A Beida lecture on Tibet

As a kind of sister post to my last, here are a few photos from a lecture at Peking University (Beida) titled “the Tibet question”. No sensitive topic left behind at Six … next up, FG practitioners commemorating 6.4!

As you can see, a packed room (my wide-angle lens would have added another couple of dozen faces). My sweat-glands get uncomfortable at the memory. It was an open event, in the evening, but I gather an unusually big audience even for these popular lectures. It seems that Tibet attracts the interest of Chinese students, just as with their Western equivalents.

This is surely out of the issue’s importance for China’s relations with the world, but also – I’d venture - for the same reason which gets the West shouting ‘free Tibet’: the romance and mystery of ‘Shangri-la’. ‘Tibet chic’ is a well established phenomenon in big Chinese cities – a well-off family might hang Tibetan scarves or tangka on their wall and enjoy showing jealous friends pictures of their trip to Lhasa (too expensive for most).

I’m afraid I had to leave after a half-hour of so of the lecture itself. What I heard before I left, though, was the thoughtful Professor Wang saying right off the bat that ‘the Tibet question’ can’t be understood without a solid grasp of the long history behind it – and launching into a potted summary. He did mention the West’s “different perspective” on the issue, which unless I misunderstood his tone was a euphemism for ‘they don’t get it’.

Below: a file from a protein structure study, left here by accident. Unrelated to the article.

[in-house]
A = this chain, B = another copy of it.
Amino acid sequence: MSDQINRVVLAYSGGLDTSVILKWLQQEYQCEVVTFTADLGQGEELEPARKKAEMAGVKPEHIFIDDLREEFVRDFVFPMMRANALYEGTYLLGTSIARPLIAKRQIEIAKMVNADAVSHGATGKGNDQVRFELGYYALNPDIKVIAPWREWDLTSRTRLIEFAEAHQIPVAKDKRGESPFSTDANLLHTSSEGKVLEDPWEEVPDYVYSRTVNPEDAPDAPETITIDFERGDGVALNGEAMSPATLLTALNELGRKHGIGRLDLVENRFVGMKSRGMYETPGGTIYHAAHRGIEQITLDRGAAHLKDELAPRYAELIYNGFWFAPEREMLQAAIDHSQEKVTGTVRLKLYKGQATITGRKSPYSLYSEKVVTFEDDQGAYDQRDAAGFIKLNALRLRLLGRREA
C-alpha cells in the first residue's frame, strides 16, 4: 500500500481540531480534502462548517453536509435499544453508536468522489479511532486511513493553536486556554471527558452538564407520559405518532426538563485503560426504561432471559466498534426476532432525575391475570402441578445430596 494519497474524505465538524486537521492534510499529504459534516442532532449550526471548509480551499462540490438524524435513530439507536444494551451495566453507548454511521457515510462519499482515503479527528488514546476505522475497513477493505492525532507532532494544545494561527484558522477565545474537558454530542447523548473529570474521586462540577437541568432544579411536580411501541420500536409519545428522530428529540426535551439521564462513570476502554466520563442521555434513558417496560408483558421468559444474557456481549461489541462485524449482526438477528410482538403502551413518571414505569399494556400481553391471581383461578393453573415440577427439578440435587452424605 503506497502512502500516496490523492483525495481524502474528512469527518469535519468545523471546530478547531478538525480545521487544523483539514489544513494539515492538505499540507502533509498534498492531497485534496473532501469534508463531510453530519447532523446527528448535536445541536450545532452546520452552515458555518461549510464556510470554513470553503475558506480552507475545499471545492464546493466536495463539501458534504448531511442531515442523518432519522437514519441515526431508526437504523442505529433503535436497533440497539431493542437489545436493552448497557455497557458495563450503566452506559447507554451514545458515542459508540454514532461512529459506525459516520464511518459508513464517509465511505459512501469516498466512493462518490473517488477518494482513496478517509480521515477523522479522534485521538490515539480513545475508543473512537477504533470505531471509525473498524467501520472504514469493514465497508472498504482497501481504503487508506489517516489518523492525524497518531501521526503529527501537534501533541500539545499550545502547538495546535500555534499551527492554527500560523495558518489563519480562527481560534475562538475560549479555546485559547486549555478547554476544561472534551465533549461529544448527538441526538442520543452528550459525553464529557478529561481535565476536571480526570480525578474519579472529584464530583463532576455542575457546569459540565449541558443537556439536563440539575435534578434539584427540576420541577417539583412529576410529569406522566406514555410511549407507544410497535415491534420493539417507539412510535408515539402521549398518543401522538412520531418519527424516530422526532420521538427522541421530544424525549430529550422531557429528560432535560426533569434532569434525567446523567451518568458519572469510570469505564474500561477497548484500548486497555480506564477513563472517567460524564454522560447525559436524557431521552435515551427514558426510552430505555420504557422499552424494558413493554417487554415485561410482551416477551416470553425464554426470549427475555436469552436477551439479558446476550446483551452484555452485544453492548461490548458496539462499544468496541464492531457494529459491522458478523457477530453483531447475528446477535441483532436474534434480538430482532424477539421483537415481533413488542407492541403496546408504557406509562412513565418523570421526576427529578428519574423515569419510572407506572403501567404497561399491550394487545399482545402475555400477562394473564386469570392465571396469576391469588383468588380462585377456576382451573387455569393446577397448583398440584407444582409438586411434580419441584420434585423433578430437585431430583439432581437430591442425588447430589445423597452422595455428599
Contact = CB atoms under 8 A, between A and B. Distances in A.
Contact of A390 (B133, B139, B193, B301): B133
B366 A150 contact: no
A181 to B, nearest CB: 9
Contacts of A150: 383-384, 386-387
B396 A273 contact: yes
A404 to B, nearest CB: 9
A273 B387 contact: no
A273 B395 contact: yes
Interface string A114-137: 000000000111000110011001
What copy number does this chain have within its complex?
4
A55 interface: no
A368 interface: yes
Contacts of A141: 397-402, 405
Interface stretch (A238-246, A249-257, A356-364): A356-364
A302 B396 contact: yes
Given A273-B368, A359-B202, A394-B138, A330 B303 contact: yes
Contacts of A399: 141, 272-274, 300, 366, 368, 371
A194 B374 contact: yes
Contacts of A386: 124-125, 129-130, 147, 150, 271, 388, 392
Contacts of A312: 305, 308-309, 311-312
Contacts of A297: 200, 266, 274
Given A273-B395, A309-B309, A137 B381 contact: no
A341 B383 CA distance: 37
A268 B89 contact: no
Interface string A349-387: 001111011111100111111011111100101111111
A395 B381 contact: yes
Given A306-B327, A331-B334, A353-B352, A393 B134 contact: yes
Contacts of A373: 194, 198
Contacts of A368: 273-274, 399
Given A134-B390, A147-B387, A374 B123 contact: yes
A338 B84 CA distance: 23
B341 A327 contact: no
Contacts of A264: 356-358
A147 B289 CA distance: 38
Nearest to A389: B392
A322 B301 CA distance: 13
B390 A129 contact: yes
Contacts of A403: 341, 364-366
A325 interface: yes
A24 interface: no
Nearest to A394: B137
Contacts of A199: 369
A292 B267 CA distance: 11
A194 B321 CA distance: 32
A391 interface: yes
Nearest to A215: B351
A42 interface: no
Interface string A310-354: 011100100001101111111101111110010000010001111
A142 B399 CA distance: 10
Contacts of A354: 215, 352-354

But it’s true – I couldn’t possibly ‘get’ the Tibet question without a lot more reading (not to mention that oxymoron, helpful Chinese archivists). And I didn’t get the impression from the students listening that they thought they did either. (Professor Wang clearly thought he did.)

Time and again, Beida students strike me not as ‘brainwashed’ on such sensitive issues (it’s embarrassing to use the term even to refute it), but keen to learn more, with a sceptical eye to the information given them to boot. And regardless of the obvious and unforgivable propaganda which still passes for history when it comes to Tibet in the last sixty years, lectures on sensitive issues like Taiwan and Tibet in Tsinghua and Beida are a far cry from poker-faced propaganda, if still hard to swallow at times.

Q: “Why doesn’t Marx drink good tea?”

A: “Because all proper-tea is theft.”